Are there times in your life (as there are in mine) when you’ve effectively said, ‘No, Lord’? Maybe He’s asked you to give up chasing a dream and instead hand it over to Him, but ‘No, Lord; I still want to hold on’. Maybe He wants you to do something, but you know you’ll face opposition. Two quotes come to mind – one from Philippians 4:13 (“I can do all things through Christ who strengthens me”), and something my pastor said several years ago that’s stuck: “It’s never a waste if you’re doing it for the Lord.”

What if our ‘No, Lord’ turned into a ‘You know best, Lord’?

Peter the People-Pleaser

In my last post, you heard that Peter went back to his old way of living, but Jesus met him there, talked to him and restored him. You almost want to put a little sentence after that: “And they all lived happily ever-after.” Except Peter was a human being just like us, and when we become Christians, we don’t all live happily ever-after. We can have some amazing moments; Peter certainly did. I think particularly of the day the Holy Spirit filled him, he preached a sermon and three thousand people put their faith in Jesus, but he also had a deep-seated prejudice to iron out along the way.

You see, God’s kingdom wasn’t exclusively Jewish; it was open to all. We read in one of Paul’s letters that through His death, Jesus broke down the dividing wall of hostility between Jews and non-Jews/Gentiles (Ephesians 2:14). As a Jew himself, Peter would have been brought-up with all their preconceptions. Jews didn’t associate with Gentiles (they believed doing so would desecrate them). In fact, many held the view that their Messiah’s coming would herald victory for them and judgment for everyone else, so this was a big lesson God had to teach Peter. He did it by sending him to the house of Cornelius, a non-Jew, to tell him about Jesus, but first He had to prepare Peter’s heart. He showed him a vision of animals, all of which were unclean by Jewish standards, and told him to kill and eat them. “God has made these things clean, so don’t call them unholy” (Acts 10:15). Peter soon discovered his vision concerned more than food; it was about people. The servants Cornelius had sent took him to the house and God’s Holy Spirit filled them all, Jews and non-Jews alike. Peter had learnt his lesson … or had he?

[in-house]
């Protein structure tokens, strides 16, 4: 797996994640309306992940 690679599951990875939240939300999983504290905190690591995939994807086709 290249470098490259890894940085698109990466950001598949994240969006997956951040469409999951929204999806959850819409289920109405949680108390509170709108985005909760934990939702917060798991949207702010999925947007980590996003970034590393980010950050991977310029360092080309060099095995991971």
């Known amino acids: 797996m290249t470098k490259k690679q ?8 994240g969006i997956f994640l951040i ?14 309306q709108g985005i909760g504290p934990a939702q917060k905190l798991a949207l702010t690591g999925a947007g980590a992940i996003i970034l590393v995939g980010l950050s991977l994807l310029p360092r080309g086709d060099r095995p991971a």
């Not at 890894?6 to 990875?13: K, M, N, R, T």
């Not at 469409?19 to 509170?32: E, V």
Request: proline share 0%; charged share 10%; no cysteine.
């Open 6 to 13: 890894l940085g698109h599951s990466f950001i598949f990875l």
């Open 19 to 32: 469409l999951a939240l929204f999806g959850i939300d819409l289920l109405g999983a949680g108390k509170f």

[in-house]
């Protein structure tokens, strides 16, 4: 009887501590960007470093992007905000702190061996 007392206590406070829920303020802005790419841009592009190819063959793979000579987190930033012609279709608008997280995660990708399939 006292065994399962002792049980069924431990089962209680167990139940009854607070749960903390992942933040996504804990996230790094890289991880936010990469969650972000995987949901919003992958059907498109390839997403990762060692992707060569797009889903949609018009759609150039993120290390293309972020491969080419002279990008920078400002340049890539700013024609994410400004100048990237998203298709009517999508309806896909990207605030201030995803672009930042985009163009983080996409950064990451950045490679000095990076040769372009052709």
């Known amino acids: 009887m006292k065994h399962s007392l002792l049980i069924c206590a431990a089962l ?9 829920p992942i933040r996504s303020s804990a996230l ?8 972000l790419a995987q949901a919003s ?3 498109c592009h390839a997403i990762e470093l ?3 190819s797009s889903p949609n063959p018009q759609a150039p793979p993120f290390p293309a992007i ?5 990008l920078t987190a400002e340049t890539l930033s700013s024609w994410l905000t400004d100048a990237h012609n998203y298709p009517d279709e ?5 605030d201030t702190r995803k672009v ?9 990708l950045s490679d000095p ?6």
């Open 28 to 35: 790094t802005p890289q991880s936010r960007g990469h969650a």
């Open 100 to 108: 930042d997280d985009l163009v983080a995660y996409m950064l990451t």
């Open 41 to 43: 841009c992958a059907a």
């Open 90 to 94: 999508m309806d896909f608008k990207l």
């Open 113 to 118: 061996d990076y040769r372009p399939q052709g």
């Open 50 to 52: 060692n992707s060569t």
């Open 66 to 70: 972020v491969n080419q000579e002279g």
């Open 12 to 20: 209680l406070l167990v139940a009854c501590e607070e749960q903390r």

Paul later wrote about an incident in a place called Antioch. Peter had been happily eating with the other believers, whatever their backgrounds, until some fellow-Jews came along. (It’d be a bit like me ambling along at my own pace, until someone I admire pays a visit and I shift myself up a gear.) Peter wanted the approval of these men and immediately conformed to their expectations, associating only with the Jewish believers. Paul saw his hypocrisy and challenged him because he was trying to follow a set of man-made rules, when in fact he already had right standing with God through his faith in Jesus Christ. Peter was being a people-pleaser, putting the approval of men before the approval of God. It’s good to have someone like Paul in our lives, who’ll put us right when we’re going off-track.